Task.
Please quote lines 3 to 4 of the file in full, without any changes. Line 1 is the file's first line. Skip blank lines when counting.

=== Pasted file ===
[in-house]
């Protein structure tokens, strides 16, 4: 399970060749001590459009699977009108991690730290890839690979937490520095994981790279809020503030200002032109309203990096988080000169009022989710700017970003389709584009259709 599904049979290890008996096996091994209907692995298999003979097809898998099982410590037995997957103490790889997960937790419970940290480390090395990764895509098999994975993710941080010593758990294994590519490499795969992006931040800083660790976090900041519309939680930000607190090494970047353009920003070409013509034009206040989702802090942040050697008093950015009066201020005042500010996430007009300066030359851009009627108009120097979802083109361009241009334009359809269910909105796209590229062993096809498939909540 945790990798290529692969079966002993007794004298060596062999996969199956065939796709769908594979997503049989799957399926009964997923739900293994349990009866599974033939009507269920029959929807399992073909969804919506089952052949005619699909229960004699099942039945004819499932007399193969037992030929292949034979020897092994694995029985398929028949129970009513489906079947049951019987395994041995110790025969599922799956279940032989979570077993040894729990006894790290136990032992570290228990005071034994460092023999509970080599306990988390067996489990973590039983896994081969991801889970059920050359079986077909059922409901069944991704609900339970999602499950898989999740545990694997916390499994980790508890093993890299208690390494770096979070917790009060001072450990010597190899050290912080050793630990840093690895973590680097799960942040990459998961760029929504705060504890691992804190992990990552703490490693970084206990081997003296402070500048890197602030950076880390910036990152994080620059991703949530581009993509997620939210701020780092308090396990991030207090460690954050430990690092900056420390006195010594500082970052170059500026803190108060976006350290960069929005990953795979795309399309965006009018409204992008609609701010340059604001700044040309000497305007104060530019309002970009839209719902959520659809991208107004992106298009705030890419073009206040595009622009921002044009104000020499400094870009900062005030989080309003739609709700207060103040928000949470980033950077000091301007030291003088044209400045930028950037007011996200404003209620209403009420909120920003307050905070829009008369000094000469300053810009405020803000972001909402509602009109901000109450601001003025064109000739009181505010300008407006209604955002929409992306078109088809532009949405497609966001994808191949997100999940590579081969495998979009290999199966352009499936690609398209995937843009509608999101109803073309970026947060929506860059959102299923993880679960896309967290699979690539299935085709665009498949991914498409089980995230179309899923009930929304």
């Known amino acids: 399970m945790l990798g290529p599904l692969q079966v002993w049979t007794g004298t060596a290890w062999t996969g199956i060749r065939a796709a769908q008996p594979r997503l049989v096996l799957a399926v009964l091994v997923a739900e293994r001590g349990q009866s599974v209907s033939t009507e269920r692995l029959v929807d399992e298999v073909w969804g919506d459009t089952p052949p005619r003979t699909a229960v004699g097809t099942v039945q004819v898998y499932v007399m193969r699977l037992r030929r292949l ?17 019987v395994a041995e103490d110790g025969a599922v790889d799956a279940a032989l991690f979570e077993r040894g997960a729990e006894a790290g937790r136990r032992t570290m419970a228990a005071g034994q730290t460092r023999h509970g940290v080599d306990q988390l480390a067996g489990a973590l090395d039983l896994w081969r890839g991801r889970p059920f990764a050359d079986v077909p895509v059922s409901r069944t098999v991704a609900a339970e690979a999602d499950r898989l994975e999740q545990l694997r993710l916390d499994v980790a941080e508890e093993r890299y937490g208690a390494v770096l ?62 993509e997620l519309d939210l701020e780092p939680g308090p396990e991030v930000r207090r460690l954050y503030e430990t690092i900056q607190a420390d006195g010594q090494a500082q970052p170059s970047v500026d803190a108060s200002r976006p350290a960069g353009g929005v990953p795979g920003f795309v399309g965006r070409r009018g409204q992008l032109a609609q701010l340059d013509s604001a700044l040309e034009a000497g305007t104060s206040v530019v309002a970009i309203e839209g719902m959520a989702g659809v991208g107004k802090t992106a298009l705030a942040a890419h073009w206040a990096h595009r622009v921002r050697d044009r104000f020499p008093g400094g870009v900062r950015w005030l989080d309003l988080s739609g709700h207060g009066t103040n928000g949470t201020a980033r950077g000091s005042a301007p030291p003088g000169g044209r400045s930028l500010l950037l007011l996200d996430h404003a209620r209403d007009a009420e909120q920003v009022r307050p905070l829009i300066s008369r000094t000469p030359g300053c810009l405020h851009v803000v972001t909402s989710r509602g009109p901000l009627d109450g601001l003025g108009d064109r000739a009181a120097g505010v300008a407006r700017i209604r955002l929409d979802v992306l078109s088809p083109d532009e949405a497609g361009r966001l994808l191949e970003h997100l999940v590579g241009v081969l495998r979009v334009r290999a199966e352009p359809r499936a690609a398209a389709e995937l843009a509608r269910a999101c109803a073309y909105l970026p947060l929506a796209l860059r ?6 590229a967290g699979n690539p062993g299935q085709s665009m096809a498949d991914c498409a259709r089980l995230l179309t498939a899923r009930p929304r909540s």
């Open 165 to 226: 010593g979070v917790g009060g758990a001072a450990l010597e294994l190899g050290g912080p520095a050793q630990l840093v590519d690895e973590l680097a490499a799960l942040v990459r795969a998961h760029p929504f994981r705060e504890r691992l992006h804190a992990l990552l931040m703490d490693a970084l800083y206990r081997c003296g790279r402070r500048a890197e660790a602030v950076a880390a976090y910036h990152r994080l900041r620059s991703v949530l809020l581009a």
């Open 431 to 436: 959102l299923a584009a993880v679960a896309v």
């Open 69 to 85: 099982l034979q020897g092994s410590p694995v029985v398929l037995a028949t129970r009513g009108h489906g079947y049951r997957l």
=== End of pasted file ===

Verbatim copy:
């Known amino acids: 399970m945790l990798g290529p599904l692969q079966v002993w049979t007794g004298t060596a290890w062999t996969g199956i060749r065939a796709a769908q008996p594979r997503l049989v096996l799957a399926v009964l091994v997923a739900e293994r001590g349990q009866s599974v209907s033939t009507e269920r692995l029959v929807d399992e298999v073909w969804g919506d459009t089952p052949p005619r003979t699909a229960v004699g097809t099942v039945q004819v898998y499932v007399m193969r699977l037992r030929r292949l ?17 019987v395994a041995e103490d110790g025969a599922v790889d799956a279940a032989l991690f979570e077993r040894g997960a729990e006894a790290g937790r136990r032992t570290m419970a228990a005071g034994q730290t460092r023999h509970g940290v080599d306990q988390l480390a067996g489990a973590l090395d039983l896994w081969r890839g991801r889970p059920f990764a050359d079986v077909p895509v059922s409901r069944t098999v991704a609900a339970e690979a999602d499950r898989l994975e999740q545990l694997r993710l916390d499994v980790a941080e508890e093993r890299y937490g208690a390494v770096l ?62 993509e997620l519309d939210l701020e780092p939680g308090p396990e991030v930000r207090r460690l954050y503030e430990t690092i900056q607190a420390d006195g010594q090494a500082q970052p170059s970047v500026d803190a108060s200002r976006p350290a960069g353009g929005v990953p795979g920003f795309v399309g965006r070409r009018g409204q992008l032109a609609q701010l340059d013509s604001a700044l040309e034009a000497g305007t104060s206040v530019v309002a970009i309203e839209g719902m959520a989702g659809v991208g107004k802090t992106a298009l705030a942040a890419h073009w206040a990096h595009r622009v921002r050697d044009r104000f020499p008093g400094g870009v900062r950015w005030l989080d309003l988080s739609g709700h207060g009066t103040n928000g949470t201020a980033r950077g000091s005042a301007p030291p003088g000169g044209r400045s930028l500010l950037l007011l996200d996430h404003a209620r209403d007009a009420e909120q920003v009022r307050p905070l829009i300066s008369r000094t000469p030359g300053c810009l405020h851009v803000v972001t909402s989710r509602g009109p901000l009627d109450g601001l003025g108009d064109r000739a009181a120097g505010v300008a407006r700017i209604r955002l929409d979802v992306l078109s088809p083109d532009e949405a497609g361009r966001l994808l191949e970003h997100l999940v590579g241009v081969l495998r979009v334009r290999a199966e352009p359809r499936a690609a398209a389709e995937l843009a509608r269910a999101c109803a073309y909105l970026p947060l929506a796209l860059r ?6 590229a967290g699979n690539p062993g299935q085709s665009m096809a498949d991914c498409a259709r089980l995230l179309t498939a899923r009930p929304r909540s």
């Open 165 to 226: 010593g979070v917790g009060g758990a001072a450990l010597e294994l190899g050290g912080p520095a050793q630990l840093v590519d690895e973590l680097a490499a799960l942040v990459r795969a998961h760029p929504f994981r705060e504890r691992l992006h804190a992990l990552l931040m703490d490693a970084l800083y206990r081997c003296g790279r402070r500048a890197e660790a602030v950076a880390a976090y910036h990152r994080l900041r620059s991703v949530l809020l581009a």